We tested for effect modification by presence of prior cardiovascular disease (CVD) because CVD treatment and self-care could change BNP. We also tested for effect modification by the presence of type 2 diabetes because subjects were invited according to their glucose tolerance status. Furthermore, we tested for interaction by presence of impaired kidney function (eGFR ≤60 ml/min per 1.73 m2) because lower kidney function may result in lower conversion of calcitriol (active form of vitamin D) and may increase PTH (22). When significant interaction terms were found (P value interaction term <0.10), analyses were stratified accordingly.

All reported P values were two-sided and values <0.05 were considered statistically significant. Statistical analyses were conducted using the statistical program PASW 17.0 (SPSS, Inc., Chicago, IL, USA).

Results

Baseline serum 25(OH)D, PTH, and BNP were available for 502 subjects. Mean 25(OH)D level was 52.2±19.5 nmol/l and mean PTH was 6.1±2.4 pmol/l. Plasma BNP showed a distribution skewed to the right, median BNP was 7.7 pmol/l and interquartile range was 4.0, 11.3 pmol/l. The BNP residuals were normally distributed and therefore BNP is treated in its natural scale.

Baseline characteristics according to sex- and season-specific 25(OH)D quartiles showed that subjects with lower 25(OH)D levels were significantly older, were more often hypertensive, had less physical activities and outdoor activities, had higher BMI, larger waist circumference, higher blood pressure (SBP and DBP), higher post-load glucose levels, higher triglycerides, lower HDL cholesterol, higher PTH levels, and higher BNP levels with significant trends across the 25(OH)D quartiles (Table 1). Subjects in the third 25(OH)D quartile had on average the lowest BNP levels. Subjects with higher PTH levels were significantly older, had more often type 2 diabetes, were more often hypertensive, had higher BMI, larger waist circumference, higher blood pressure (SBP and DBP), higher fasting blood glucose, higher post-load glucose, lower HDL cholesterol, lower 25(OH)D levels, and higher BNP levels with significant trends across the PTH quartiles (Table 1).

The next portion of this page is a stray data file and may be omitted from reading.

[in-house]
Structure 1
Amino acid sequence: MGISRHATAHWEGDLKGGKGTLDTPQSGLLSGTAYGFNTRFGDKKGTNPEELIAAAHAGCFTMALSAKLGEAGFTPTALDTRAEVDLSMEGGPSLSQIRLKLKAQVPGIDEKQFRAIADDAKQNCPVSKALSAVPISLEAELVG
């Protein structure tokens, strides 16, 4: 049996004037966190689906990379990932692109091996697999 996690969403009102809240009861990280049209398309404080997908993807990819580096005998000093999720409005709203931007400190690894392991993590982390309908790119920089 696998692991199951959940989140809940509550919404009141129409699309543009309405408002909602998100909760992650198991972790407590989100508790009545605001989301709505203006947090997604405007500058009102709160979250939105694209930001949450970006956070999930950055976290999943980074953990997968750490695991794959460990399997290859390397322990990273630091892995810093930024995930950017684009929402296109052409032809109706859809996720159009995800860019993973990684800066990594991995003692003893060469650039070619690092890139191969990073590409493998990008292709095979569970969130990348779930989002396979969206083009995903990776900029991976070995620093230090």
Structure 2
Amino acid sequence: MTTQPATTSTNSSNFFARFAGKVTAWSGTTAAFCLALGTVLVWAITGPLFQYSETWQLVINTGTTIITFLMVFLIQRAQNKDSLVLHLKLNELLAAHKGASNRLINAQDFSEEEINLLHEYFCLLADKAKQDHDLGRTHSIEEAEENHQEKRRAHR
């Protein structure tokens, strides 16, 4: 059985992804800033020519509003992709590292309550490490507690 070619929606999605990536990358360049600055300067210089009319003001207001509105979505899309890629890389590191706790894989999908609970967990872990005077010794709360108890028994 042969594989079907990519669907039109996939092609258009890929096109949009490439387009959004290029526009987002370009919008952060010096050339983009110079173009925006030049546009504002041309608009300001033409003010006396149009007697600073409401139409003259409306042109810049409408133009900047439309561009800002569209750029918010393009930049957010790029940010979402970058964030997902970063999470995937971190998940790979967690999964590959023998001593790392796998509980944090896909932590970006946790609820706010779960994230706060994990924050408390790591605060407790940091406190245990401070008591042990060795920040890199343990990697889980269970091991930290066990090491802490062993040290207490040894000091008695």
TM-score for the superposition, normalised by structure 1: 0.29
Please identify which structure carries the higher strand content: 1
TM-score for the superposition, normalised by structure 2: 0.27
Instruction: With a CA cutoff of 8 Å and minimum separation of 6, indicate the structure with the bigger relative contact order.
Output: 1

Table 1

Baseline characteristics according to season- and sex-specific 25(OH)D and PTH quartiles in 502 subjects.

DemographicsSerum 25(OH)D (nmol/l)Serum PTH (pmol/l)
Quartile 1aQuartile 2aQuartile 3aQuartile 4aQuartile 1aQuartile 2aQuartile 3aQuartile 4a
Mean 25(OH)D (range)30.2 (15.7, 50.6)44.3 (33.1, 67.4)57.6 (42.4, 75.7)78.1 (58.9, 111.2)59.1 (16.8, 107.4)52.6 (21.1, 106.3)50.1 (16.7, 108.0)47.2 (15.7, 111.2)
Mean PTH (range)6.8 (3.1, 24.3)6.4 (3.0, 17.9)6.0 (2.5, 14.7)5.2 (1.7, 11.0)P trend3.8 (1.7, 4.8)5.2 (3.9, 6.2)6.3 (5.2, 7.6)9.2 (6.0, 24.3)P trend
n129125127121122126130124
Age (years)73.1±6.5b70.4±6.869.1±6.267.0±5.3<0.00168.8±6.369.5±6.570.9±7.270.4±6.20.021
Females (%)51.252.848.848.80.90250.050.850.050.80.997
Education level
 Low43.550.845.651.752.547.950.840.0
 Intermediate37.939.444.035.00.31634.442.235.145.00.398
 High18.69.810.413.313.19.914.115.0
Prior CVD (%)54.947.640.743.70.13345.441.652.047.90.412
Type 2 diabetes (%)28.918.922.217.40.05121.419.816.230.60.039
Arterial hypertension (%)77.377.663.058.30.00156.665.172.982.1<0.001
Lifestyle
 Cigarette smokers (%)16.717.69.420.00.12220.515.215.512.30.365
 Physical activity (h/day)2.7±2.13.3±2.73.2±2.53.6±2.50.0063.1±2.23.6±2.43.1±2.83.0±2.40.539
 Outdoor activities (h/day)0.8±0.81.0±1.11.1±1.41.4±1.3<0.0011.1±1.11.2±1.11.0±1.31.0±1.10.462
Adiposity
 BMI (kg/m2)27.9±4.827.6±3.927.1±3.426.3±3.40.00126.0±3.327.1±3.627.1±3.728.7±4.8<0.001
 Waist circumference (cm)97.7±12.695.5±11.994.5±10.991.9±11.3<0.00191.8±11.493.8±11.495.1±11.099.0±12.6<0.001
Metabolic variables
 SBP (mmHg)149.1±22.0142.9±19.6138.7±20.6138.6±18.9<0.001138.9±21.0141.4±18.8143.5±22.5145.7±20.00.007
 DBP (mmHg)84.5±12.684.2±11.081.8±10.881.7±9.30.01680.7±10.582.7±10.182.6±11.286.2±11.8<0.001
 Fasting glucose (mmol/l)6.3±1.36.0±1.06.2±1.66.0±1.00.2176.0±1.16.0±0.96.0±0.96.6±1.80.001
 Post-load glucose (mmol/l)8.0±3.07.3±2.47.2±2.86.7±2.4<0.0016.9±2.47.2±2.67.2±2.57.9±3.20.007
 HbA1c (%)6.0±0.65.9±0.65.9±0.56.1±0.80.1195.9±0.65.9±0.65.8±0.56.1±0.80.100
 Triglycerides (mmol/l)1.6±0.91.5±0.71.5±0.91.4±0.50.0171.5±0.81.5±0.81.4±0.71.6±0.90.518
 LDL cholesterol (mmol/l)3.5±0.93.7±1.03.7±1.03.8±0.90.0503.6±0.93.8±0.93.5±0.93.6±1.00.486
 HDL cholesterol (mmol/l)1.4±0.41.4±0.41.4±0.41.5±0.40.0041.5±0.41.4±0.41.5±0.41.3±0.40.049
 eGFR (ml/min)62.4±11.061.8±10.461.4±11.262.2±10.40.82063.1±9.962.3±10.362.7±10.059.6±12.30.020
 eGFR <60 ml/min (%)45.744.847.243.00.92344.344.442.350.00.645
 Serum creatinine (μmol/l)93.5±17.094.9±14.897.7±18.997.8±20.10.02894.4±14.095.1±14.094.1±15.4100±25.40.019
 BNP (pmol/l)c14.8±22.711.6±14.59.1±7.110.2±9.60.0058.7±8.09.2±6.913.1±18.614.8±20.2<0.001